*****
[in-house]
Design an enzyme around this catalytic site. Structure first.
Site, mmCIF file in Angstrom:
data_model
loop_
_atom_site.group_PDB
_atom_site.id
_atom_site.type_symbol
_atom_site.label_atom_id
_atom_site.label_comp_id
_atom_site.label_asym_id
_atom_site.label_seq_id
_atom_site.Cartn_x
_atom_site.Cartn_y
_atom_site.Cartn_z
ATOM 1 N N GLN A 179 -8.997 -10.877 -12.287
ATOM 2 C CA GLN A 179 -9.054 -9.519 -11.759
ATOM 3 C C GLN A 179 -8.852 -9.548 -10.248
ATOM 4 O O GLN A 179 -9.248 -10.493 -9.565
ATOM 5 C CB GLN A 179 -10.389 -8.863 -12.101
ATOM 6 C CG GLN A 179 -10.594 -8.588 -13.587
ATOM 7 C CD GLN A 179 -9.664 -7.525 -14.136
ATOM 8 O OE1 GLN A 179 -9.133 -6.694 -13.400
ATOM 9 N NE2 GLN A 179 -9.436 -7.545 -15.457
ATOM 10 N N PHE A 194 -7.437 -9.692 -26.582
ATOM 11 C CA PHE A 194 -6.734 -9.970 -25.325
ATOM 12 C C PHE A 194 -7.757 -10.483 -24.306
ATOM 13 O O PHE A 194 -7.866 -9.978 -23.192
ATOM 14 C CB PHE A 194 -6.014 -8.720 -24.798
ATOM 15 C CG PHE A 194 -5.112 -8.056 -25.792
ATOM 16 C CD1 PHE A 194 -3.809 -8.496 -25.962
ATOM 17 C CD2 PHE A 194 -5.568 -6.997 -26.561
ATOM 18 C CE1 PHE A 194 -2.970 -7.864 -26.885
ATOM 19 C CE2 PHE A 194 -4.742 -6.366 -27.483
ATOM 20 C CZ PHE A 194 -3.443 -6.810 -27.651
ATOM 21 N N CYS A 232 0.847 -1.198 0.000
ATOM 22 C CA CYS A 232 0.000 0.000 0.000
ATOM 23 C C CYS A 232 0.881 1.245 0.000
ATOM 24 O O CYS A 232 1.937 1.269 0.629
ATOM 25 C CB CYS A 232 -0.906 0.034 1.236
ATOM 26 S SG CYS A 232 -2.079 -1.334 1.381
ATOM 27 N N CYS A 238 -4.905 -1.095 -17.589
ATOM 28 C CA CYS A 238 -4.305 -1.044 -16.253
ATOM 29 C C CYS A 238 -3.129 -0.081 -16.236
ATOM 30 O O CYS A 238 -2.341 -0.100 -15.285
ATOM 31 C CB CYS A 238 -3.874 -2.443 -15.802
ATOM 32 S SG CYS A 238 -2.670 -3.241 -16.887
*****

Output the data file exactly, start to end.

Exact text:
[in-house]
Design an enzyme around this catalytic site. Structure first.
Site, mmCIF file in Angstrom:
data_model
loop_
_atom_site.group_PDB
_atom_site.id
_atom_site.type_symbol
_atom_site.label_atom_id
_atom_site.label_comp_id
_atom_site.label_asym_id
_atom_site.label_seq_id
_atom_site.Cartn_x
_atom_site.Cartn_y
_atom_site.Cartn_z
ATOM 1 N N GLN A 179 -8.997 -10.877 -12.287
ATOM 2 C CA GLN A 179 -9.054 -9.519 -11.759
ATOM 3 C C GLN A 179 -8.852 -9.548 -10.248
ATOM 4 O O GLN A 179 -9.248 -10.493 -9.565
ATOM 5 C CB GLN A 179 -10.389 -8.863 -12.101
ATOM 6 C CG GLN A 179 -10.594 -8.588 -13.587
ATOM 7 C CD GLN A 179 -9.664 -7.525 -14.136
ATOM 8 O OE1 GLN A 179 -9.133 -6.694 -13.400
ATOM 9 N NE2 GLN A 179 -9.436 -7.545 -15.457
ATOM 10 N N PHE A 194 -7.437 -9.692 -26.582
ATOM 11 C CA PHE A 194 -6.734 -9.970 -25.325
ATOM 12 C C PHE A 194 -7.757 -10.483 -24.306
ATOM 13 O O PHE A 194 -7.866 -9.978 -23.192
ATOM 14 C CB PHE A 194 -6.014 -8.720 -24.798
ATOM 15 C CG PHE A 194 -5.112 -8.056 -25.792
ATOM 16 C CD1 PHE A 194 -3.809 -8.496 -25.962
ATOM 17 C CD2 PHE A 194 -5.568 -6.997 -26.561
ATOM 18 C CE1 PHE A 194 -2.970 -7.864 -26.885
ATOM 19 C CE2 PHE A 194 -4.742 -6.366 -27.483
ATOM 20 C CZ PHE A 194 -3.443 -6.810 -27.651
ATOM 21 N N CYS A 232 0.847 -1.198 0.000
ATOM 22 C CA CYS A 232 0.000 0.000 0.000
ATOM 23 C C CYS A 232 0.881 1.245 0.000
ATOM 24 O O CYS A 232 1.937 1.269 0.629
ATOM 25 C CB CYS A 232 -0.906 0.034 1.236
ATOM 26 S SG CYS A 232 -2.079 -1.334 1.381
ATOM 27 N N CYS A 238 -4.905 -1.095 -17.589
ATOM 28 C CA CYS A 238 -4.305 -1.044 -16.253
ATOM 29 C C CYS A 238 -3.129 -0.081 -16.236
ATOM 30 O O CYS A 238 -2.341 -0.100 -15.285
ATOM 31 C CB CYS A 238 -3.874 -2.443 -15.802
ATOM 32 S SG CYS A 238 -2.670 -3.241 -16.887